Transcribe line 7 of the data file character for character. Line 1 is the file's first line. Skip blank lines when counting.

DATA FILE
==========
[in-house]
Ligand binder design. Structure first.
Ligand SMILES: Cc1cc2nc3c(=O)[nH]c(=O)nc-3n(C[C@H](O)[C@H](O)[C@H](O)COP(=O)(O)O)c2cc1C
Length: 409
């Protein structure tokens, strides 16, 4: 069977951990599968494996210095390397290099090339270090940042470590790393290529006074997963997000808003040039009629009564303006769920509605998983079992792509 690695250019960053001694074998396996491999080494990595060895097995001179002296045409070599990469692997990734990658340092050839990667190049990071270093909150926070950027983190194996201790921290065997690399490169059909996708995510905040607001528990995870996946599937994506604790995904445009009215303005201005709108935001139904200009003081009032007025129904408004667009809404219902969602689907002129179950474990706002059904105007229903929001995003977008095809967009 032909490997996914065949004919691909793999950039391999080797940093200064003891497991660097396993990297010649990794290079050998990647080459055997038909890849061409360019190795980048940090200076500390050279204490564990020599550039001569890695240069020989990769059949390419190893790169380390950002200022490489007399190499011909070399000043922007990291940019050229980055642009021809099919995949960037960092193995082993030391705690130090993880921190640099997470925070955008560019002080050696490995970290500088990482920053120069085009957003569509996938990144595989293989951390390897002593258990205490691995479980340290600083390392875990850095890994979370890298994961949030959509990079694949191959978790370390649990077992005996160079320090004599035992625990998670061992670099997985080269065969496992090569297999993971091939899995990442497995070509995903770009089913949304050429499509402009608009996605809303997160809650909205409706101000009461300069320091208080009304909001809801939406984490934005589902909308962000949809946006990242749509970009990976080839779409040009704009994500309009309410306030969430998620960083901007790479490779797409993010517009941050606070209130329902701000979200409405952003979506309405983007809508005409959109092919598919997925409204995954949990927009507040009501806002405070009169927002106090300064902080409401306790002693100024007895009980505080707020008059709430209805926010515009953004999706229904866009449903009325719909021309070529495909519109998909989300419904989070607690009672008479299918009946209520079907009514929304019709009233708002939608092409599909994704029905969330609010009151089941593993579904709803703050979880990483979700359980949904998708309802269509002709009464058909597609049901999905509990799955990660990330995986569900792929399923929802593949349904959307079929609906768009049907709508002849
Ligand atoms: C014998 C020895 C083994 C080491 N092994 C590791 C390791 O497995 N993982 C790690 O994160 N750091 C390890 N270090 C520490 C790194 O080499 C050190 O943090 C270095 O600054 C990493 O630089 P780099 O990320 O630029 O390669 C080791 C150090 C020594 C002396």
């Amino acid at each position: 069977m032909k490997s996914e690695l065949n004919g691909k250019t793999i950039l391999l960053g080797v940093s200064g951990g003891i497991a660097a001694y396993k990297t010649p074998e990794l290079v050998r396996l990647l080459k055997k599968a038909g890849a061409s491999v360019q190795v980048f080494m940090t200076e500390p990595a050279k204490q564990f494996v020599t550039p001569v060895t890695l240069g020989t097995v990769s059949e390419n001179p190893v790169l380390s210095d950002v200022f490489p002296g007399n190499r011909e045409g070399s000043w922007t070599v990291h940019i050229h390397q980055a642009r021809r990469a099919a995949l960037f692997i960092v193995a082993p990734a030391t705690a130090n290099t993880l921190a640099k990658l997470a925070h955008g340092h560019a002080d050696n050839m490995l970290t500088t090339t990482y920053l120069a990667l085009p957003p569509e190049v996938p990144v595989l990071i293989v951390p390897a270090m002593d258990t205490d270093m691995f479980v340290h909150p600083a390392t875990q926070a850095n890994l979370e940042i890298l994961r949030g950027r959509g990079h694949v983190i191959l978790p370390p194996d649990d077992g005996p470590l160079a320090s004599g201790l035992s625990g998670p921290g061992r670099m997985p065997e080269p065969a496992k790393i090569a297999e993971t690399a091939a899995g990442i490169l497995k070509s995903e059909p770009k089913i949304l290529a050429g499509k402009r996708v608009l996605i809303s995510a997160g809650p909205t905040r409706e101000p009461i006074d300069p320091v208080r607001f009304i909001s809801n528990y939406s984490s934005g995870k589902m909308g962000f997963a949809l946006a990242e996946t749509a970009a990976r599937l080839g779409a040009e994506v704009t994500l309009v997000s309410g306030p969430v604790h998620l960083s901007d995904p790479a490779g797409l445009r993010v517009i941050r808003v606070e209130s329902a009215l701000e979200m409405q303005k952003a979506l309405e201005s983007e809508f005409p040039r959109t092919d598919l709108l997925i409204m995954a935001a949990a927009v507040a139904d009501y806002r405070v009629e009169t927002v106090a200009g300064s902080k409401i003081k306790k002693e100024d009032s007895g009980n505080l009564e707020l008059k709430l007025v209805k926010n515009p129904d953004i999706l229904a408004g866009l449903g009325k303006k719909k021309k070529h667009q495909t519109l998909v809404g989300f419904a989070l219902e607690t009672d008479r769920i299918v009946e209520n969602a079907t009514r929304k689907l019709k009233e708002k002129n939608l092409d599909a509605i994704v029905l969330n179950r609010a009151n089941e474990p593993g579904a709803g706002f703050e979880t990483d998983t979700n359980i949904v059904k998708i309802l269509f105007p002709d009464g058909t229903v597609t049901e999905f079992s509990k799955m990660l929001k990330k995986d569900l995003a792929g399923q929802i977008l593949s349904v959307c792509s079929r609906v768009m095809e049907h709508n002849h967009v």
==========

């Amino acid at each position: 069977m032909k490997s996914e690695l065949n004919g691909k250019t793999i950039l391999l960053g080797v940093s200064g951990g003891i497991a660097a001694y396993k990297t010649p074998e990794l290079v050998r396996l990647l080459k055997k599968a038909g890849a061409s491999v360019q190795v980048f080494m940090t200076e500390p990595a050279k204490q564990f494996v020599t550039p001569v060895t890695l240069g020989t097995v990769s059949e390419n001179p190893v790169l380390s210095d950002v200022f490489p002296g007399n190499r011909e045409g070399s000043w922007t070599v990291h940019i050229h390397q980055a642009r021809r990469a099919a995949l960037f692997i960092v193995a082993p990734a030391t705690a130090n290099t993880l921190a640099k990658l997470a925070h955008g340092h560019a002080d050696n050839m490995l970290t500088t090339t990482y920053l120069a990667l085009p957003p569509e190049v996938p990144v595989l990071i293989v951390p390897a270090m002593d258990t205490d270093m691995f479980v340290h909150p600083a390392t875990q926070a850095n890994l979370e940042i890298l994961r949030g950027r959509g990079h694949v983190i191959l978790p370390p194996d649990d077992g005996p470590l160079a320090s004599g201790l035992s625990g998670p921290g061992r670099m997985p065997e080269p065969a496992k790393i090569a297999e993971t690399a091939a899995g990442i490169l497995k070509s995903e059909p770009k089913i949304l290529a050429g499509k402009r996708v608009l996605i809303s995510a997160g809650p909205t905040r409706e101000p009461i006074d300069p320091v208080r607001f009304i909001s809801n528990y939406s984490s934005g995870k589902m909308g962000f997963a949809l946006a990242e996946t749509a970009a990976r599937l080839g779409a040009e994506v704009t994500l309009v997000s309410g306030p969430v604790h998620l960083s901007d995904p790479a490779g797409l445009r993010v517009i941050r808003v606070e209130s329902a009215l701000e979200m409405q303005k952003a979506l309405e201005s983007e809508f005409p040039r959109t092919d598919l709108l997925i409204m995954a935001a949990a927009v507040a139904d009501y806002r405070v009629e009169t927002v106090a200009g300064s902080k409401i003081k306790k002693e100024d009032s007895g009980n505080l009564e707020l008059k709430l007025v209805k926010n515009p129904d953004i999706l229904a408004g866009l449903g009325k303006k719909k021309k070529h667009q495909t519109l998909v809404g989300f419904a989070l219902e607690t009672d008479r769920i299918v009946e209520n969602a079907t009514r929304k689907l019709k009233e708002k002129n939608l092409d599909a509605i994704v029905l969330n179950r609010a009151n089941e474990p593993g579904a709803g706002f703050e979880t990483d998983t979700n359980i949904v059904k998708i309802l269509f105007p002709d009464g058909t229903v597609t049901e999905f079992s509990k799955m990660l929001k990330k995986d569900l995003a792929g399923q929802i977008l593949s349904v959307c792509s079929r609906v768009m095809e049907h709508n002849h967009v």